Address Geocoding: Mapping the Jandon Center Community Partners

By Wayne Ndlovu ’22

Over the past weeks I worked on creating a map that shows the Jandon Center’s community partners. The Jandon Center, which is located at Smith’s Wright Hall works with the Smith community and other organisations on a number of social change projects. Please take the time to visit their website.

The main goal of this project was transforming human readable street addresses into geographic coordinates – geocoding. My task was to use these addresses to create a web map that shows where each organization is located and its mission. The first step was transferring the data to a .csv file and splitting it as shown below. This makes it easier to import the file into the ArcGIS Online server as a data layer when creating web maps. After importing the .csv file as a data layer, I had to publish it as a hosted feature layer.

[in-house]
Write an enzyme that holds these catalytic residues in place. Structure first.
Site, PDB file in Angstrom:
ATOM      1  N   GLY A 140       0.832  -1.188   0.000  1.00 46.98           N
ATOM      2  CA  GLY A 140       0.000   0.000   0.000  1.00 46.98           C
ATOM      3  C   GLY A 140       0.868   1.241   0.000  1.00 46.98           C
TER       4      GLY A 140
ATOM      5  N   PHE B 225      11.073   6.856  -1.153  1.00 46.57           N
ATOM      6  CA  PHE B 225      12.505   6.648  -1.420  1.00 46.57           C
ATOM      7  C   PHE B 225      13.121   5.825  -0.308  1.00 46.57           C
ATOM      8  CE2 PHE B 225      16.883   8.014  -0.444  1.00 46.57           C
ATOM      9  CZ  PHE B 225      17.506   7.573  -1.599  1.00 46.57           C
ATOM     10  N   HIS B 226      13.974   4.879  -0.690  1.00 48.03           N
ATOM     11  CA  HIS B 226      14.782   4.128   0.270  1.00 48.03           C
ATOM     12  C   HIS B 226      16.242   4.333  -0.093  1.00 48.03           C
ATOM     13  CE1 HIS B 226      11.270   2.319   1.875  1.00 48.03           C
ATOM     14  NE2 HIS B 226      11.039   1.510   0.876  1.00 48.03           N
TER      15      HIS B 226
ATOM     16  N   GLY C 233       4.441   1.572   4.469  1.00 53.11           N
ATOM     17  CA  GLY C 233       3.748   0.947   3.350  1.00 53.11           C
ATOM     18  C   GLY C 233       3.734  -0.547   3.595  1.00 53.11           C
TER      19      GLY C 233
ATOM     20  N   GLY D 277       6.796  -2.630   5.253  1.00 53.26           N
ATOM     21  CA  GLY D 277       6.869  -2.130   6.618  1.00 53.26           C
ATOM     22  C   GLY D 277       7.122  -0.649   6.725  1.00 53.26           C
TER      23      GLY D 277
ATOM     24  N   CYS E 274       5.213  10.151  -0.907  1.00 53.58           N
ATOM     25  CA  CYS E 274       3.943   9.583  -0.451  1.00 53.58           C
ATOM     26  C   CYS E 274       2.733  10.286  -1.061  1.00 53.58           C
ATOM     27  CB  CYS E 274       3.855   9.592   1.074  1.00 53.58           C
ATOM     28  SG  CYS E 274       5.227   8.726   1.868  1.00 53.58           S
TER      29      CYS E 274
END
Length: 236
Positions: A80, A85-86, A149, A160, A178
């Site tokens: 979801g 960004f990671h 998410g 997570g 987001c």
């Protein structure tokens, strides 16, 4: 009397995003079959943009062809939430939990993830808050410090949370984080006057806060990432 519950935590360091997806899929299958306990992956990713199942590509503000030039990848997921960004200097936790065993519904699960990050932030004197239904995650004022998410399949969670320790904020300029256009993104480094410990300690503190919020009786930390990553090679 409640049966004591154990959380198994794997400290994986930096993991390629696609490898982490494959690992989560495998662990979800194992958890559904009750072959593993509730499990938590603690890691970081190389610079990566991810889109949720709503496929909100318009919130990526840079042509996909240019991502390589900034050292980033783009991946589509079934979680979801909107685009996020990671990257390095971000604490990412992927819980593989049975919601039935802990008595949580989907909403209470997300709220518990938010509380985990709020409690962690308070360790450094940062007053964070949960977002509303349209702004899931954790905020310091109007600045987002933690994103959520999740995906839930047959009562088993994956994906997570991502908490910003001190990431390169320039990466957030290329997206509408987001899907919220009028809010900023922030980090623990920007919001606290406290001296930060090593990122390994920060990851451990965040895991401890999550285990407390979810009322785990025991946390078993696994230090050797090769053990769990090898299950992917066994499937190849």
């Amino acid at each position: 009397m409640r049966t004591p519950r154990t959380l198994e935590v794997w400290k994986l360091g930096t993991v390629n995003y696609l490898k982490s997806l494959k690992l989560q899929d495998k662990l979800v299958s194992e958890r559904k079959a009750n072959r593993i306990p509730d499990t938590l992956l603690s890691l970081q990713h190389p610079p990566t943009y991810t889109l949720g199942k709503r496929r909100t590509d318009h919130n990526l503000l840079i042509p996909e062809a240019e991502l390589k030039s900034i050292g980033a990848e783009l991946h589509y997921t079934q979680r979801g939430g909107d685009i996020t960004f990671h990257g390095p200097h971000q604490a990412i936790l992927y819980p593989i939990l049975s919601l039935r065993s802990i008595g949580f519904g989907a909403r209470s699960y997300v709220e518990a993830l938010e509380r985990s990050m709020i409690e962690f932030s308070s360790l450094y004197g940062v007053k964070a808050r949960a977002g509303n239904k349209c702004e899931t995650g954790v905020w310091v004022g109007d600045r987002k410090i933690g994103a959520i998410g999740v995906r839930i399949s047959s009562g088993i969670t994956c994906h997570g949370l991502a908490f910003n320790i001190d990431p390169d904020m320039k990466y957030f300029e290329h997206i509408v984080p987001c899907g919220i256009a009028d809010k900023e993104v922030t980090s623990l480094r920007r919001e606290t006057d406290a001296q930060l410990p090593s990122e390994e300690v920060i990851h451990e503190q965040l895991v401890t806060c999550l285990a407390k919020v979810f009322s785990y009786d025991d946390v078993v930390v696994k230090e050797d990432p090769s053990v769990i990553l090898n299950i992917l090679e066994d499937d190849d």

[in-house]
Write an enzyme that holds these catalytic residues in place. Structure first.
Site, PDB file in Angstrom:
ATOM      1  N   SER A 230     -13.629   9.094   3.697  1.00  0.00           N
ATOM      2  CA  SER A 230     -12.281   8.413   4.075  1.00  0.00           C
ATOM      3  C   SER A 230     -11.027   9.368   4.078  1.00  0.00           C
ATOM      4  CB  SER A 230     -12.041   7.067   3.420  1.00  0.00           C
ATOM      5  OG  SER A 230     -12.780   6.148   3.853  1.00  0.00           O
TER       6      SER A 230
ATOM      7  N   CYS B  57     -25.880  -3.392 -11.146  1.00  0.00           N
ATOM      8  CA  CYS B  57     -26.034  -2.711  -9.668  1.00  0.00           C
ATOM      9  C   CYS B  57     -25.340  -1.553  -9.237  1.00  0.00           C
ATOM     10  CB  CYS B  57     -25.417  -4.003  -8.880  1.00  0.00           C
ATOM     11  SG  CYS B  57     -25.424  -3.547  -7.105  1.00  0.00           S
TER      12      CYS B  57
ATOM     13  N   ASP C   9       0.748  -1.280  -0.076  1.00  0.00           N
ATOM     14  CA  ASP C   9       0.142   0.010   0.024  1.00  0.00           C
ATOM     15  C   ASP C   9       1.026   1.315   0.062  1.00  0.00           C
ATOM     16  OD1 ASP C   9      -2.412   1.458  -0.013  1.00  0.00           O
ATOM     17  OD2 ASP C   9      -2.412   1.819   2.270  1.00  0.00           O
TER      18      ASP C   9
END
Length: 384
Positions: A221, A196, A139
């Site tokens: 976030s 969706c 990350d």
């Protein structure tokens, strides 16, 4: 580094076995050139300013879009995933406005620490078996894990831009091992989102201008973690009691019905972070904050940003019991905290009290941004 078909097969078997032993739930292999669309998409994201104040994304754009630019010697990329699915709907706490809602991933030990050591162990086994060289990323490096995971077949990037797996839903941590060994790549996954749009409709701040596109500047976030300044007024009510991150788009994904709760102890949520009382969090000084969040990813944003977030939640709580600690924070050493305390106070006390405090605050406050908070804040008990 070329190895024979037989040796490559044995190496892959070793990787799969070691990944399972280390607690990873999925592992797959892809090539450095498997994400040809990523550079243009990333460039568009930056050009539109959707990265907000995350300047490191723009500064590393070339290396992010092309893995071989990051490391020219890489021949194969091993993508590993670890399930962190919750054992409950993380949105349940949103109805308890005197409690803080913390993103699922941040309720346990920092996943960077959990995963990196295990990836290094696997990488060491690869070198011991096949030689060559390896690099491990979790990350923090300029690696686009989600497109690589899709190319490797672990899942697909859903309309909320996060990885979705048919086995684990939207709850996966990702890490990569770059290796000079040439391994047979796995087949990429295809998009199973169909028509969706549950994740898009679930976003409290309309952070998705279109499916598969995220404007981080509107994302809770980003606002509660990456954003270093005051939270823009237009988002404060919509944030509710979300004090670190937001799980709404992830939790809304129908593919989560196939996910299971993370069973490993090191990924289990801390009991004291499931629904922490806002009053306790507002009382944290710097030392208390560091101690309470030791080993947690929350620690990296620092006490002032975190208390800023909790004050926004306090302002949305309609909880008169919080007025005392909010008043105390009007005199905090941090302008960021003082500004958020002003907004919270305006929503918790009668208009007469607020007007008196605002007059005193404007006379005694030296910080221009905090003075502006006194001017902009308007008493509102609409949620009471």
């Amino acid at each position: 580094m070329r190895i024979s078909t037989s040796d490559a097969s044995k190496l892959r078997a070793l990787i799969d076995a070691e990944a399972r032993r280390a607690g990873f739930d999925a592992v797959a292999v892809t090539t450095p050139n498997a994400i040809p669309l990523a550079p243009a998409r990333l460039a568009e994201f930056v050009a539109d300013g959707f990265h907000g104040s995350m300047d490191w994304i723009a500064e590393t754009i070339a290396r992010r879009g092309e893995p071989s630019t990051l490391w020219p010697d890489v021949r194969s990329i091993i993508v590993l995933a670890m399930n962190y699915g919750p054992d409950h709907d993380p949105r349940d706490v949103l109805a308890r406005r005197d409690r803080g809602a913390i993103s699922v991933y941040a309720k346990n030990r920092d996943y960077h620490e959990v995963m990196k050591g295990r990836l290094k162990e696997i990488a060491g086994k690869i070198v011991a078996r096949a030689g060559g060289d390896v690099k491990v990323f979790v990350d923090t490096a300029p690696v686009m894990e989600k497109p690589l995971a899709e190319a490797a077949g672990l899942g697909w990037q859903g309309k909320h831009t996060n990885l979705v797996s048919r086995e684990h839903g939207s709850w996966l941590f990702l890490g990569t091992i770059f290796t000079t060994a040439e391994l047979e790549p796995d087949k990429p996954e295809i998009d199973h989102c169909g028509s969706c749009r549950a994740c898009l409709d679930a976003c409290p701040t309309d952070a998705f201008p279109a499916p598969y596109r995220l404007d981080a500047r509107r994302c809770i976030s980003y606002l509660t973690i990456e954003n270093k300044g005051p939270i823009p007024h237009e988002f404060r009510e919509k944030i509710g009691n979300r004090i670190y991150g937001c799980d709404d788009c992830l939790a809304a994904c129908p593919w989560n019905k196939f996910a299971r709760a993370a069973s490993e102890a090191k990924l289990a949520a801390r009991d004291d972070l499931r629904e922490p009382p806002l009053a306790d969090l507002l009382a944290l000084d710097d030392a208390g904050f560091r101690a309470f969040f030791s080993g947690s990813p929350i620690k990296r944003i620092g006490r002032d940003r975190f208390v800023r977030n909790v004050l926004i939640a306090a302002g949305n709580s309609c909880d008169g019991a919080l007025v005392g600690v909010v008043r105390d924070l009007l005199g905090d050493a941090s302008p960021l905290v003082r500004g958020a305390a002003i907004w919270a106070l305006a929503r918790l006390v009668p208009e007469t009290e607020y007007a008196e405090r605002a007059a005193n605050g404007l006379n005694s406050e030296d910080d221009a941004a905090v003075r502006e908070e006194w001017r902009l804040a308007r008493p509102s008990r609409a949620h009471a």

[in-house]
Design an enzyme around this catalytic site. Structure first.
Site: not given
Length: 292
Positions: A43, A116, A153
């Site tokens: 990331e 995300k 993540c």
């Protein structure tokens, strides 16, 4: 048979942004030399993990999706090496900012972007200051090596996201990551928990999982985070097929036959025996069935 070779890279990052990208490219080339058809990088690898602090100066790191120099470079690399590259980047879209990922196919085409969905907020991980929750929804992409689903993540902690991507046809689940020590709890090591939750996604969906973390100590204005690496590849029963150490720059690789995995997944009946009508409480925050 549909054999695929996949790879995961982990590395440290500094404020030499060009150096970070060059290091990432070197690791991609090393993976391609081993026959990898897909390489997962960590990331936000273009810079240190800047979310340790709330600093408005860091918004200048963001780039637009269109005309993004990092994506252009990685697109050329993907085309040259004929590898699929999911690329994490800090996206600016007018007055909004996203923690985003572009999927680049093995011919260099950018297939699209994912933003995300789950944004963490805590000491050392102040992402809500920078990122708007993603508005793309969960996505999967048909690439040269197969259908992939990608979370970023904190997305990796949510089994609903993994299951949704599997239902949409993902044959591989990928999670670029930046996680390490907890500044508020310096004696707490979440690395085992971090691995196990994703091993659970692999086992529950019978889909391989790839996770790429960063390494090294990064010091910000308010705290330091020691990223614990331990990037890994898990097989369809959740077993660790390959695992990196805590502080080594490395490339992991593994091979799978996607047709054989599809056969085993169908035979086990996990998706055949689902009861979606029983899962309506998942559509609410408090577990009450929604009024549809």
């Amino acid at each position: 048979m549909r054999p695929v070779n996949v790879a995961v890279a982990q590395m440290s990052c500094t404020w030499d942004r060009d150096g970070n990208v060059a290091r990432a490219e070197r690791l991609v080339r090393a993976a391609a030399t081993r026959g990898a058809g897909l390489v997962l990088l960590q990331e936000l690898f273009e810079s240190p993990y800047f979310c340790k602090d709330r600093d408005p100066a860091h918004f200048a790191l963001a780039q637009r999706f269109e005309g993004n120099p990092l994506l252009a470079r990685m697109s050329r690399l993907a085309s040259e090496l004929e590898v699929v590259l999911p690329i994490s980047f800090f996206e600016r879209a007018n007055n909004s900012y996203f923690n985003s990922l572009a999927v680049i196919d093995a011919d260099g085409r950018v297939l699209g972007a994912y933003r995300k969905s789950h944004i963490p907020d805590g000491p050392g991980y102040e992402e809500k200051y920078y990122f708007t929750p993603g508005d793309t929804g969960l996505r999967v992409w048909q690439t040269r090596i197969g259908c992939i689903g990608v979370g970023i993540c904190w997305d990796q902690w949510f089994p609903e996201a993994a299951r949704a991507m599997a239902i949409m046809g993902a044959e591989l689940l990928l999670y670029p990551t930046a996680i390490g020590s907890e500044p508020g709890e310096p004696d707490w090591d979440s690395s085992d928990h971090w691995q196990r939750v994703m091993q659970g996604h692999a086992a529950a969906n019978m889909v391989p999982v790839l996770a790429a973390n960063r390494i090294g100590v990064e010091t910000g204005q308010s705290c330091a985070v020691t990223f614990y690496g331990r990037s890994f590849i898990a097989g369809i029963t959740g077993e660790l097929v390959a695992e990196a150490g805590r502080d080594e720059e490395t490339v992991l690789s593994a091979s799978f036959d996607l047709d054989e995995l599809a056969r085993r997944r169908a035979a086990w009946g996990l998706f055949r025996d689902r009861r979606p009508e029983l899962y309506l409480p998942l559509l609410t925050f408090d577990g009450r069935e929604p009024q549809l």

I created this map using the new map viewer which at first glance just looks like a prettier version of the classic map viewer. However, do check out the differences and functionalities of the classic and new viewer when working on your next project.

I used the World Navigation Map as the base map and added the OpenStreetMap layer. The OpenStreetMap layer gives the user a more detailed visual that shows where these organisations are located and other services/businesses in close proximity. I configured the pop-ups by using the Text option under Configure pop-ups. This option allowed me to add each organisation’s website link. For other pop-ups that do not require special formatting, the information can be added directly into the Description bar by either selecting a field from the imported data layer or typing it. I chose a basic blue location indicator icon using the Styles option.

After saving the map, I created an instant map using the interactive legend template. At this stage, the map creator gets to choose the theme of the map (light or dark) and also organize the positions of the widgets before publishing the map.